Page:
Johnson, Viola; And Others (1969). Multi-Ethnic Micro-Units. These micro-units of instruction are designed to teach fourth and fifth grade students the multi-ethnic heritage of America. They emphasize the free and open acquisition of knowledge through the inquiry method. Multiple sources are used in each unit and the range of difficulty should enable the student to show progress in skill development as well as content knowledge. The units included in this work are: 1) American Mosaic; 2) Immigrants All; 3) Human Rights; 4) Who is a Patriot; 5) The Myth of the Negro Slave; 6) Americans All; 7) What is a Democracy?; 8) Afro-American Contributions; 9) Ideas for Expansion. Each unit is outlined in terms of concept, generalization, behavioral goals, and teaching procedures. A bibliography is included at the end of each unit. Other documents from the Task Force are SO 005 534 through SO 005 551.   [More]  Descriptors: Black Studies, Civil Liberties, Cultural Awareness, Cultural Background

O'Connor, Laura; Faas, Daniel (2012). The Impact of Migration on National Identity in a Globalized World: A Comparison of Civic Education Curricula in England, France and Ireland, Irish Educational Studies. This article examines the extent to which citizens of migrant origin are included within discourses of national identity in civic education curricula in England, France and Ireland. We explore how much space is given to citizens of migrant origin in discourses of national identity in civic education curricula and how they fit with central values normalized by a higher degree of recognition in schools. Although early immigration systems assumed that incorporation of migrants into the national polity would take place via socialization in education, the failure to include citizens of migrant origin in the contemporary "imagined community" articulated in civic education discourses risks marginalizing some citizens which gives rise to a sovereignty gap. The disparity between legal and cultural belonging of some individuals in Western Europe presents a major challenge for education systems which are tasked with making national identity discourse resonate with a globalized citizenry. The study found that despite commonalities around the promotion of human rights and democracy, civic education curricula diverge with regard to representation of religion. Moreover, nationalistic aspects of the French model contrast with a multicultural, and recently global, approach to citizenship education in England and the promotion of European citizenship in Ireland.   [More]  Descriptors: Nationalism, Citizenship, Democracy, Citizenship Education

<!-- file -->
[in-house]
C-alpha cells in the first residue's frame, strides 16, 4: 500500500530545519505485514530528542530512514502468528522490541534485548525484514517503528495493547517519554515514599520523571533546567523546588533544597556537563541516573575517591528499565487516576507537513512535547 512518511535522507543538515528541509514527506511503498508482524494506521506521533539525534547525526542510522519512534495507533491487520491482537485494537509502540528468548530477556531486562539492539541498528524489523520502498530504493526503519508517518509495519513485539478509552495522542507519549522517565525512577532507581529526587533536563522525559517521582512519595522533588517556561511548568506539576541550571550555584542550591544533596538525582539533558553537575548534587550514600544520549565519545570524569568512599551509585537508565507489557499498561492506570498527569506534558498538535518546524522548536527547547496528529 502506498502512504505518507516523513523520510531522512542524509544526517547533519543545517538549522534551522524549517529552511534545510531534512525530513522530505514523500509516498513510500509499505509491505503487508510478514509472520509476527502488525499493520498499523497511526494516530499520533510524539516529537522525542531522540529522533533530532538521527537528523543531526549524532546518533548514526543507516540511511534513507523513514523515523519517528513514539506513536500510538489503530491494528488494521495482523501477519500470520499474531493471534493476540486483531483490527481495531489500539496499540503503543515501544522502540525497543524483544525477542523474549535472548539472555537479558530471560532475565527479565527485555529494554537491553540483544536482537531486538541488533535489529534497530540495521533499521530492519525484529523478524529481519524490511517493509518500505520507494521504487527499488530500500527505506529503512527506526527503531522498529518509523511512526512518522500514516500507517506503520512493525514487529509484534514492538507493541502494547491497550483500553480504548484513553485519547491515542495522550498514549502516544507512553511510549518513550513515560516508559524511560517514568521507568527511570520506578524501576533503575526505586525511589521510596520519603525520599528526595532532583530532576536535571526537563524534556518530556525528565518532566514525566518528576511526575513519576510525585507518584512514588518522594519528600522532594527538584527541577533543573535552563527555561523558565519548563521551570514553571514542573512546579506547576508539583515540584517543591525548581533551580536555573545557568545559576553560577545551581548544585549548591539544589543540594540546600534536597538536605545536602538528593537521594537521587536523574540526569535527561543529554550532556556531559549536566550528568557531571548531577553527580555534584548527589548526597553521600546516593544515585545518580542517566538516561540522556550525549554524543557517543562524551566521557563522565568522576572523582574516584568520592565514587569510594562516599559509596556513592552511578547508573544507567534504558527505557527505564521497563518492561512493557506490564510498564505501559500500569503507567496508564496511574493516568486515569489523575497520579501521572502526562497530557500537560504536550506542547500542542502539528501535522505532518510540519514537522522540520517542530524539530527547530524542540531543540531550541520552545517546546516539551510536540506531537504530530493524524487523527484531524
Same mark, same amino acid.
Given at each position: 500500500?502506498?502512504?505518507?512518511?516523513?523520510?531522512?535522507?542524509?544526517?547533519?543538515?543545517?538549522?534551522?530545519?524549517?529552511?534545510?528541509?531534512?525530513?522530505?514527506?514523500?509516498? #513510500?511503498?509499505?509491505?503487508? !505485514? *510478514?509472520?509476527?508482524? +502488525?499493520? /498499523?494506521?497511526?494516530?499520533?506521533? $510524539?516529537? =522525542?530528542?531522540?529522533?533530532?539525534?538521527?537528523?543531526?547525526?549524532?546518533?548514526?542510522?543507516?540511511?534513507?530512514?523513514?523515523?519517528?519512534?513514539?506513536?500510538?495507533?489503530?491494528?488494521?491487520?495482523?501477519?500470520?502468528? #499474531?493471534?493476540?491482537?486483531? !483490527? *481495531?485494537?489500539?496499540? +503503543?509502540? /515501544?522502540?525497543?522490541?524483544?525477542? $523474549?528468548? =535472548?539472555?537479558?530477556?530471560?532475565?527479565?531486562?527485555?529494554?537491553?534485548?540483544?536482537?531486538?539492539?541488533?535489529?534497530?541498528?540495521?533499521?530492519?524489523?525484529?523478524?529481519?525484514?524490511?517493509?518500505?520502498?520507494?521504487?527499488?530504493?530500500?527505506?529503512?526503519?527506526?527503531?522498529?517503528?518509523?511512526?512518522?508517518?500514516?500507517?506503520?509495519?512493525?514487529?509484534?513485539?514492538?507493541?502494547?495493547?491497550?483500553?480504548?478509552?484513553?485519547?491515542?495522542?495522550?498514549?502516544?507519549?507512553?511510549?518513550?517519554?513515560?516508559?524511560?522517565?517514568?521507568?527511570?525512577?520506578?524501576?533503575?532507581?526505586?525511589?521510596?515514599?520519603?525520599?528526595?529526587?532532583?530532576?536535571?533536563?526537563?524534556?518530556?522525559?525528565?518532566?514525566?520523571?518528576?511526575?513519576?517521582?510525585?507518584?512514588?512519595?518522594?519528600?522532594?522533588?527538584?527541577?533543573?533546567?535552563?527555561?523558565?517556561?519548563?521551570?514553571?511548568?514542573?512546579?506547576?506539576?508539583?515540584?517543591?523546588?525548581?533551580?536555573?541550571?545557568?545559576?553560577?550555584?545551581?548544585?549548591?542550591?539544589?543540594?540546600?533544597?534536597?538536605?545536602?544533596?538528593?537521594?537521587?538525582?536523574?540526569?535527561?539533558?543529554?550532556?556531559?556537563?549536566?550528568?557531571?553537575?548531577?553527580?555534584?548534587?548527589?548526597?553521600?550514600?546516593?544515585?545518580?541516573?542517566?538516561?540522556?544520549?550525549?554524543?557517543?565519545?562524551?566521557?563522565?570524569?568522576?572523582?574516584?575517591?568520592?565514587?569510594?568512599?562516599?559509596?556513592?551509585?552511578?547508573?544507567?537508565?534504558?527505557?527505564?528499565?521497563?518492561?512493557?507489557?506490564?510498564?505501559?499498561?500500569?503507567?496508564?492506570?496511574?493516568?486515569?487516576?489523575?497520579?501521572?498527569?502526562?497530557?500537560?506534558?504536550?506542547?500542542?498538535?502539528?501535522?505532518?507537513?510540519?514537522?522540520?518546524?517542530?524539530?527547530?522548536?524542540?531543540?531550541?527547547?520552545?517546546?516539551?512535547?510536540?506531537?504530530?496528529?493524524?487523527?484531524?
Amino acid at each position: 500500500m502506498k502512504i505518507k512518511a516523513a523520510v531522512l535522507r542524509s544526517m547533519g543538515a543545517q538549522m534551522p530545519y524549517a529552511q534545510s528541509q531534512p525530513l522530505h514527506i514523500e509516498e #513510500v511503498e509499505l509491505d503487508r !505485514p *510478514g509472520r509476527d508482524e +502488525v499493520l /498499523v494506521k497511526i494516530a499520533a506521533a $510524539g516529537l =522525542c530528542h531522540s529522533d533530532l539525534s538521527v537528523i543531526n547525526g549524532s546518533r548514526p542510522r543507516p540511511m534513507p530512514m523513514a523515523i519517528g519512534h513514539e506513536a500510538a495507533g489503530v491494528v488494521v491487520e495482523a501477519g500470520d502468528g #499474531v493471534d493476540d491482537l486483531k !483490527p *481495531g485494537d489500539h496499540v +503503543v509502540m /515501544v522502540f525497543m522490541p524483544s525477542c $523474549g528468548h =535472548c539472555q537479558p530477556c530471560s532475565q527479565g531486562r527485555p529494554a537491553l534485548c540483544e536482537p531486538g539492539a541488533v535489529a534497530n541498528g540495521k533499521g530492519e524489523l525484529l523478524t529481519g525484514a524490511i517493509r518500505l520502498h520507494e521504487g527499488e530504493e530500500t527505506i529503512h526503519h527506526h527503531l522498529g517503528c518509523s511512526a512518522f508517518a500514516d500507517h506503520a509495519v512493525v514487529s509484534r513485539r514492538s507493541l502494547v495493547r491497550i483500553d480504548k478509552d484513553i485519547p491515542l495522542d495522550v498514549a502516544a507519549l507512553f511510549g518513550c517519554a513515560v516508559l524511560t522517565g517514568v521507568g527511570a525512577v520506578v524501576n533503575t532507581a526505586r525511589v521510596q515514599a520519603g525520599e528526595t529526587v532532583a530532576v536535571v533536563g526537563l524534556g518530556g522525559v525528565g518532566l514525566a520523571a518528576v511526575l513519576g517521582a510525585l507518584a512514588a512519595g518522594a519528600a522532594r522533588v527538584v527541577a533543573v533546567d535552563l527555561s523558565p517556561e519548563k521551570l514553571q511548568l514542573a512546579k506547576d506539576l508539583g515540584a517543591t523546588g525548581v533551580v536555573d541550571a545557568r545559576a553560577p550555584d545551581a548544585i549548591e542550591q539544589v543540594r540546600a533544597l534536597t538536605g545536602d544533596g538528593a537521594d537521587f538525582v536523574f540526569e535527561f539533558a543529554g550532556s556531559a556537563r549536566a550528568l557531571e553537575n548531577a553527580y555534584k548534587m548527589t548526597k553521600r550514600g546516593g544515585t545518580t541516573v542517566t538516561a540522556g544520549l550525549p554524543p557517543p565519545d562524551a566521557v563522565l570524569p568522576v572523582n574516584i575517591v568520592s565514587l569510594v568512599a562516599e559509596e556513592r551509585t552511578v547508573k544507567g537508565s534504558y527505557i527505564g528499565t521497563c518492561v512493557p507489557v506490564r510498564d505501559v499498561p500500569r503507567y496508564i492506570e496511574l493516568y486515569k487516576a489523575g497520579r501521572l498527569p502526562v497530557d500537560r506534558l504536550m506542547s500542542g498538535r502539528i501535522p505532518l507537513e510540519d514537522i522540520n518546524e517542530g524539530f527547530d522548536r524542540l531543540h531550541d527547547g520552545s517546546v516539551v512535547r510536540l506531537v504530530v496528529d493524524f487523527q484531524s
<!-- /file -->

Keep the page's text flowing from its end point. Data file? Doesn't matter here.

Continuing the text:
Kitching, Karl (2014). The Politics of Compulsive Education: Racism and Learner-Citizenship. Routledge Research in Education Policy and Politics, Routledge Research in Education Policy and Politics. The marketised and securitised shaping of formal education sites in terms of risk prevention strategies have transformed what it means to be a learner and a citizen. In this book, Karl Kitching explores racialised dimensions to suggest how individuals and collectives are increasingly made responsible for their own welfare as "good" or "bad" students, at the expense of the protection of their rights as learner-citizens. Focusing on Ireland as a post-colonial Atlantic state, the book demonstrates how liberal governance, racisms, migration and mass education are interconnected and struggled over at local, national, European and global levels. Using a variety of qualitative studies and analytic approaches, "The Politics of Compulsive Education" details the significance of mass education(s) to the ongoing racialisation of national sovereignty. It draws on in-depth historical, policy, media and school-¬­based research, moving from the 19th century to the present day. Chapters explore diverse themes such as student deportation, austerity and the politics of community "integration", the depoliticisation of third level education via international student and "quality" teacher regimes, the racialised distribution of learner "ability", and school¬­-based bullying and harassment. Combined, these studies demonstrate the possibilities and constraints that exist for educational anti-racisms both in terms of social movements and everyday classroom situations. "The Politics of Compulsive Education" asks key questions about anti¬­-racist responsibility across multiple education sites and explores how racisms are both shaped, and can be interrupted, by the interaction of the global and the local, as seen in terms of migration, the distribution of capital, media, education policy discourse, and teacher and learner identifications. It will be of interest to researchers, academics and postgraduate students of sociology, education, cultural studies, political theory, philosophy and postcolonial studies.   [More]  Descriptors: Politics of Education, Compulsory Education, Racial Bias, Citizenship Education